Chapter 5a by n3NYd0M


									CHAPTER 5

• Energy
  – Chemical work
  – Transport work
  – Mechanical work

• Laws of thermodynamics
  – 1st
  – 2nd – entropy
• Two fundamental tasks required for growth
  and reproduction
  – Catabolism

  – Anabolism
• Metabolism
  – Amazing diversity but also unity
     • Ordered, enzyme-mediated pathways
     • ATP
     • Redox
• Catabolic reactions
  – hydrolytic, exergonic (-ΔG)
  – Keq>1, spontaneous
  – Cellular respiration
     • Provides precursor molecules and energy for anabolic
• Anabolic reactions
  – dehydration synthesis, endergonic (+ΔG)
  – Keq<1, not favorable
  – protein synthesis
    • Consumes energy and precursor molecules in the
      biosynthesis of macromolecules
Amphibolic reactions
• Activation energy
• Reaction rate influenced by:
  – Temperature

  – Concentration

  – Enzymes – biological catalysts
• Enzymes:
• All protein or holoenzymes
  – Apoenzyme + Cofactor
  – Prosthetic group or coenzyme
• Characteristics of enzymes
  – do not make reactions happen that could not
    happen on their own
  – not permanently altered or used up
  – substrate-specific
  – Function is based on structure
• Six functional categories of enzymes:
      Unconventional Enzymes

• Ribozymes
  – Novel type of RNA
• Extremozymes
  – Have molecular applications
         Mechanism of Enzymatic Action

Lock and Key or Induced Fit
Regulated through through reversible covalent modification and allosteric
  Factors influencing enzyme activity

• Temperature, ph, UV
  radiation, chemicals
• substrate
• competitive inhibition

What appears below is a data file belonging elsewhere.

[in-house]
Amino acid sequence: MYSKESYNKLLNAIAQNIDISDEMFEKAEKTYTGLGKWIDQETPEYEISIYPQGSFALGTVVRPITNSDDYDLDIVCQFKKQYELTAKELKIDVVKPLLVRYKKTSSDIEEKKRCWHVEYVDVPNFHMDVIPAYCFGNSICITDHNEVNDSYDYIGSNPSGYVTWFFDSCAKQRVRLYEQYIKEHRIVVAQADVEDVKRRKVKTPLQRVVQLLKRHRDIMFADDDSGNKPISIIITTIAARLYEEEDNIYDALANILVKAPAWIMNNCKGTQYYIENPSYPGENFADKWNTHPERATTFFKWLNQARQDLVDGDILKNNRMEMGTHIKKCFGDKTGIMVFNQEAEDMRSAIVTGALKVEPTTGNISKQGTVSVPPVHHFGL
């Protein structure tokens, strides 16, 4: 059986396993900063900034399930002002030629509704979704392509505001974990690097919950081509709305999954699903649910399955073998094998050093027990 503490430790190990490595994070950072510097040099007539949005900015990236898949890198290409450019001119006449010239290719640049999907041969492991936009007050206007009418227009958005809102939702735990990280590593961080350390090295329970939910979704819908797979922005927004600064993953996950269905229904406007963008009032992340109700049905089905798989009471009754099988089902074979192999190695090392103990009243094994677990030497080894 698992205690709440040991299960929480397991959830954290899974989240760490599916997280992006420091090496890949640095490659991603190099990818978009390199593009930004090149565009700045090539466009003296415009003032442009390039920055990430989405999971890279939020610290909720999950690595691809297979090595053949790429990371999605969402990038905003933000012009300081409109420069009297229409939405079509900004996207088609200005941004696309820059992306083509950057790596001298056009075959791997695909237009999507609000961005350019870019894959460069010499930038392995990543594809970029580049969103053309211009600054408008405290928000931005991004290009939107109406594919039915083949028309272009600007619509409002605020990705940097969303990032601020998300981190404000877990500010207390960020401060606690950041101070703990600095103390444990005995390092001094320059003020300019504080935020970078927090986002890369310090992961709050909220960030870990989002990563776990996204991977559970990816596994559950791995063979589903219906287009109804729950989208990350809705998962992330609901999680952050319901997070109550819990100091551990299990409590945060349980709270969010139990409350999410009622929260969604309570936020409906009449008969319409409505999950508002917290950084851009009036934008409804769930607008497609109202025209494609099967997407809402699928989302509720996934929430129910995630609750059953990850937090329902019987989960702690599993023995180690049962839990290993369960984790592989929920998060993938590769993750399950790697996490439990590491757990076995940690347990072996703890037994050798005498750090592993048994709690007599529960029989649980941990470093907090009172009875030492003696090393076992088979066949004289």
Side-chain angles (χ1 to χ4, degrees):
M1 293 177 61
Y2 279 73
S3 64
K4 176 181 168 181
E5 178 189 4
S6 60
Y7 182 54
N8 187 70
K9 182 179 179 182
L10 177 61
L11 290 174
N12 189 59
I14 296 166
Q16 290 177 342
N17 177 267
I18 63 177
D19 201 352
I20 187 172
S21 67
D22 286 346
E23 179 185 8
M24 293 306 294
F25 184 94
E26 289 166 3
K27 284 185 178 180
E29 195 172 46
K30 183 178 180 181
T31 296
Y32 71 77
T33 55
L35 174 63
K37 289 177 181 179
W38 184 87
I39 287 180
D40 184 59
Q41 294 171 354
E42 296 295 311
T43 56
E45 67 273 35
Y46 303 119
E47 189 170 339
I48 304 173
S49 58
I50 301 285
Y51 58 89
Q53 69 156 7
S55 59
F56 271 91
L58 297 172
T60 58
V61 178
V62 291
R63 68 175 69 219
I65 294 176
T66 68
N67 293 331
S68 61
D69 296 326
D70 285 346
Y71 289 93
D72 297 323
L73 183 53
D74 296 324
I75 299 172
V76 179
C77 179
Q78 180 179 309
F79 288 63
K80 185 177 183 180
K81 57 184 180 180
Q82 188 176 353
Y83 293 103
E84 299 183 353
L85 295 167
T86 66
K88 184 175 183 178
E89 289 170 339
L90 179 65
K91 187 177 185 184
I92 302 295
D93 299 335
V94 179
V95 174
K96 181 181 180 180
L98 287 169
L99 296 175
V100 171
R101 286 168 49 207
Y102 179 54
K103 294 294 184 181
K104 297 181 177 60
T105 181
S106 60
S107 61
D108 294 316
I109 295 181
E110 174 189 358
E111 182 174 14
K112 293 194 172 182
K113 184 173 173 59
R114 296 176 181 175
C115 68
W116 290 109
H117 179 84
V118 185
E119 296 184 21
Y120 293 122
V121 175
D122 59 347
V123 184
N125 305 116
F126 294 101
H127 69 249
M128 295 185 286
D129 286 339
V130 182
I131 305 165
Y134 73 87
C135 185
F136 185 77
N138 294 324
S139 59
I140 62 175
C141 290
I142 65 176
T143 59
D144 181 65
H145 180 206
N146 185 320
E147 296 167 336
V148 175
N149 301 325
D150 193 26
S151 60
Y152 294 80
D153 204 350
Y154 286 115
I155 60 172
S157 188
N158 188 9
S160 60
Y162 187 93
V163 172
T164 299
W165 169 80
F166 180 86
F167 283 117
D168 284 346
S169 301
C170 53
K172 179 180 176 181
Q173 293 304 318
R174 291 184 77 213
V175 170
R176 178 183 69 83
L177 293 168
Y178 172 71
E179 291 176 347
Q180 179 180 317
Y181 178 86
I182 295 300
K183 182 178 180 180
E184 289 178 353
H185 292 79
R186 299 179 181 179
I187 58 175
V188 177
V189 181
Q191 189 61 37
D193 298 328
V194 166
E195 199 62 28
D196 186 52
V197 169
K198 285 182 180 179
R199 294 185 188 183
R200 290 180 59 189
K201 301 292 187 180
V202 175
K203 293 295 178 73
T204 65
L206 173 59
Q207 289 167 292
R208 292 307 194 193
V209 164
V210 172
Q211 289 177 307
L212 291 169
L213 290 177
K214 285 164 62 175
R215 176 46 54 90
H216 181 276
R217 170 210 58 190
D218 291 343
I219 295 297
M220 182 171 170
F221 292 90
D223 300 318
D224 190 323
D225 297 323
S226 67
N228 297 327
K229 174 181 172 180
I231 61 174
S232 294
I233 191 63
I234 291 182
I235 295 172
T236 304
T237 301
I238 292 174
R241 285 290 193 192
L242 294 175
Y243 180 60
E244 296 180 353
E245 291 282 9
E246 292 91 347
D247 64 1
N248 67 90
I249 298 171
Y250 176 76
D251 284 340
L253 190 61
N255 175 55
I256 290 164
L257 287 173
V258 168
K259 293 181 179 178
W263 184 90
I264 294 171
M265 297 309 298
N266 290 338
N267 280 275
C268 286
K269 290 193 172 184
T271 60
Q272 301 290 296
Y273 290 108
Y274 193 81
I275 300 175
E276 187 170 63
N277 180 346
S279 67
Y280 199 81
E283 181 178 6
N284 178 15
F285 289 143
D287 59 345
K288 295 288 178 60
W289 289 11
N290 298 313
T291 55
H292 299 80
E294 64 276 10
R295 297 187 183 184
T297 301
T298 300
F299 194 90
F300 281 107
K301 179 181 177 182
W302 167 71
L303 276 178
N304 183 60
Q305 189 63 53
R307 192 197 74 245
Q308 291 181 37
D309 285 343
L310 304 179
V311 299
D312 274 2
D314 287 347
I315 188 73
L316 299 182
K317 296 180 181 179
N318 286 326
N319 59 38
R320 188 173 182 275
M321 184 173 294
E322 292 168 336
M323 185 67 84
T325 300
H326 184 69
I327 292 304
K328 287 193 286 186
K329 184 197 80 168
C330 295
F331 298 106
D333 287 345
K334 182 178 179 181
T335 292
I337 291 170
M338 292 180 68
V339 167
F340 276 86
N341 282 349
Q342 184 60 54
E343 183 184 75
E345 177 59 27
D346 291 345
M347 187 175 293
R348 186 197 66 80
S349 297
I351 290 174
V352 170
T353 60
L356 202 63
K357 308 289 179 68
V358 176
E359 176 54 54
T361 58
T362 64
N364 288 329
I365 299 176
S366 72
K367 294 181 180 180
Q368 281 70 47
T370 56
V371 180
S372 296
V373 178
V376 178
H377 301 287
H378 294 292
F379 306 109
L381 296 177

• Non-competitive
  (allosteric) inhibition
Michaelis Constant (Km)
Feedback Inhibition
  •Negative allosteric effector
  •Isozymes may still function
    Oxidation-Reduction Reactions
• Redox reactions liberate energy
  – always coupled
  – oxidation (electron donor)
  – reduction (electron acceptor)

• Standard reduction potential (E`O)

• Reducing power (potential energy)
Reduction of NAD – common electron carrier

  •Electrons and protons are typically removed together
     •The equivalent of a hydrogen atom
NAD and
FAD are
E’0 of various biologically
important redox couples

Electrons moving toward
less negative acceptors
release free energy

Amount of energy released
correlates with magnitude
of difference in E’0
               ATP Synthesis
•   Free energy used to phosphorylate ADP forms ATP
            –metabolic money!
• Substrate level phosphorylation
  – chemical energy
• Oxidative phosphorylation
  – energy from proton motive force
• Photophosphorylation
  – radiant energy
      Heterotrophic Metabolism
• Oxidize organic energy source releasing
• Typically utilize carbohydrates (CH2O)
  – Glucose is #1 source
• Three possible pathways based on final
  electron receptor
       –Aerobic respiration
       –Anaerobic respiration
pathways are
amphibolic and
 • Energy
 • Reducing power
 • Precursor metabolites
– Respiration uses reducing power to generate ATP
  • NADH and FADH2 provide electrons to power proton
    motive force

  • Terminal electron acceptor varies
     – Oxygen in aerobic respiration
     – Anaerobic respiration uses alternate inorganic
• Embden-Meyerhof Pathway
• Common pathway
• Glucose (6C) partially broken down into 2
  molecules of pyruvate (3C)
  – Anerobic; cytoplasm
• 2 NADH; 4 ATP
• 2 ATP consumed; so net gain of 2 ATP
  – Substrate level phosphorylation
• Pentose phosphate pathway
  – Oxidizes Glucose-6-phosphate
    • Produces glyceraldehyde 3-phosphate, Fructose
      6-phosphate and CO2
    • If only 5 carbon sugars are available it can
      biosynthesize 6 carbon sugars

  – Major contributor to biosynthesis
    • reducing power in NADPH
    • vital precursor metabolites for anabolic pathways
    • Intermediates may be used to generate ATP
Pentose phosphate pathway
• Entner-Doudoroff pathway
  – Alternate pathway to glycolysis
  – typically not seen in G+ bacteria
  – major contributor to biosynthesis
    • reducing power in NADPH
    • vital precursor metabolites for anabolic pathways
Entner-Doudoroff pathway

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